<b>REVIEW</b> JOE ROLLO <b>PHOTOGRAPHY</b> KRAIG CARLSTROM
ONE LEGACY OF Australia’s move to the inner city will be the abysmal lack of building quality, design integrity and architectural values in many of the apartment developments now rising or completed across our major capitals. In their rush to cash, developers, and by association their architects, are bestowing upon our cities collections of badly designed and poorly constructed buildings.
Developers play an important role in the shaping of our cities and with few exceptions their output is mediocre. The reasoning for developers is purely economic: architectural quality costs money. And why bother with quality when you can maximize profits by squeezing as many units as you can onto a small footprint, stack them up as high as zoning laws allow, market the hell out of them to unsuspecting move-to-the-city types and move on to your next piece of schlock. The results, often, are buildings so poor that they run the gamut of emotions from A to B, to ape the words of legendary New York theatre critic Dorothy Parker talking about the actress Katharine Hepburn.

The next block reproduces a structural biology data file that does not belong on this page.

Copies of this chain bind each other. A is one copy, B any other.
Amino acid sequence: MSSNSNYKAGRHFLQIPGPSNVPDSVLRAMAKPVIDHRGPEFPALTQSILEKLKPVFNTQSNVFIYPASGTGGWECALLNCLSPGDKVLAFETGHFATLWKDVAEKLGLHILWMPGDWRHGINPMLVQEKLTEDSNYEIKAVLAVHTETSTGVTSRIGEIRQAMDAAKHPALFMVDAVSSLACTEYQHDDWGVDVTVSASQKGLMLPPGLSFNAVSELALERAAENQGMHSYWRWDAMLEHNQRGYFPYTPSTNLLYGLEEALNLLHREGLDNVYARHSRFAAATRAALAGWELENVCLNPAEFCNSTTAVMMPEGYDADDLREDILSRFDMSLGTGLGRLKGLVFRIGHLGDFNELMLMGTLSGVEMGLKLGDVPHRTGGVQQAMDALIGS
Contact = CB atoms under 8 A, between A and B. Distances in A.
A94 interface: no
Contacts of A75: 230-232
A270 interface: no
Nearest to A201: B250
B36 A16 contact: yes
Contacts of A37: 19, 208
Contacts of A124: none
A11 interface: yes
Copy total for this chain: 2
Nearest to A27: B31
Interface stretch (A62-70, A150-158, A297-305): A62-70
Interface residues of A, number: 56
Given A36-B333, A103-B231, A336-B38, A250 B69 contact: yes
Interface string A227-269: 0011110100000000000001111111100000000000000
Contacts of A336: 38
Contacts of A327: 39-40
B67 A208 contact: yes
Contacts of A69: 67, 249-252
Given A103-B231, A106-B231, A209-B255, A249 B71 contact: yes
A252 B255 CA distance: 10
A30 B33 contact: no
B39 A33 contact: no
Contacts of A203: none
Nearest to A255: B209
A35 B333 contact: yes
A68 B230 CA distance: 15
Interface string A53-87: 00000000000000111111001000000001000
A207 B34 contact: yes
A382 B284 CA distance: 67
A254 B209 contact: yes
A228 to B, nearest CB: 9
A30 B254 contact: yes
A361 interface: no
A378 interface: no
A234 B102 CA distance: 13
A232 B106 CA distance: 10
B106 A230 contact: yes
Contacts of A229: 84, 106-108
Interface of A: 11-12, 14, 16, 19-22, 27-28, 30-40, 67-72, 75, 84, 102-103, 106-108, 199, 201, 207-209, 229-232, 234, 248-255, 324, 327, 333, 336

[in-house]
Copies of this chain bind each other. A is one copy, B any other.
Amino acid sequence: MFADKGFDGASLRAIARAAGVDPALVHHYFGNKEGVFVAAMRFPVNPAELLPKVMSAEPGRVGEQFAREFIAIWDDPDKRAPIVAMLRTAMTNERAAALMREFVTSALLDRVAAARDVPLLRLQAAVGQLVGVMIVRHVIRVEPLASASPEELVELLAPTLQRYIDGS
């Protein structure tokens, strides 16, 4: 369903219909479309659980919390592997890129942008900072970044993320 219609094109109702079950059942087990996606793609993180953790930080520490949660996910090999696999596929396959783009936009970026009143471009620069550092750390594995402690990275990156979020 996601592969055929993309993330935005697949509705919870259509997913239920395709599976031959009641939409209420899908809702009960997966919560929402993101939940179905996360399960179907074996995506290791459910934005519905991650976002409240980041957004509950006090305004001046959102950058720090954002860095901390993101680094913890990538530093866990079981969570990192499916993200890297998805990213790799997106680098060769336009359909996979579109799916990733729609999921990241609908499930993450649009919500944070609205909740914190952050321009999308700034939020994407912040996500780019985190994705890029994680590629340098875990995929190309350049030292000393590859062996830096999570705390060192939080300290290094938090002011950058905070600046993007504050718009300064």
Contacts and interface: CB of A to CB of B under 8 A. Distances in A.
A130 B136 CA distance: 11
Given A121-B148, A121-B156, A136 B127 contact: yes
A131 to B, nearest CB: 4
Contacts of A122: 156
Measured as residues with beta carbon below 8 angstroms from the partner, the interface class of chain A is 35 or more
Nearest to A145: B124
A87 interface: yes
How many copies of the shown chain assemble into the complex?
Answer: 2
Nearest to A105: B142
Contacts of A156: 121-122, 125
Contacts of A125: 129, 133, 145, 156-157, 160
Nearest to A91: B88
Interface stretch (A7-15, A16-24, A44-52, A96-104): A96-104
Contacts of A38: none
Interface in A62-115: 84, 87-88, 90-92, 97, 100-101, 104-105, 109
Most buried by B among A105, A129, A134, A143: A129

There are exceptions, of course, and occasionally you find the happy union of a developer and architect intent on delivering quality to a small but growing market of discerning buyers looking for and prepared to pay for good design and high standards of built quality. Such is the collaboration of Alex Popov Associates with second-time developer CPC Energy for a new eighteen-unit development in Miller Street, Cammeray, just four kilometres north of the Sydney CBD, across the Harbour Bridge.
Sited along a sweeping bend of this fast, busy arterial road, hard against a bus lane, and almost spitting distance from the crenellated sandstone towers of the historic Cammeray Bridge, this project demonstrates the potential of medium-density developments in the hands of a clever architect, a developer determined to make his reputation based on quality, and one of Sydney’s best regarded master builders.
Fighting local council attempts to control the design and aesthetic of the units and the extreme difficulties posed by the steep site – it had been used at the turn of last century to quarry the sandstone for the bridge nearby and left as unstable rubble – Popov has successfully gone where lesser architects might have faltered.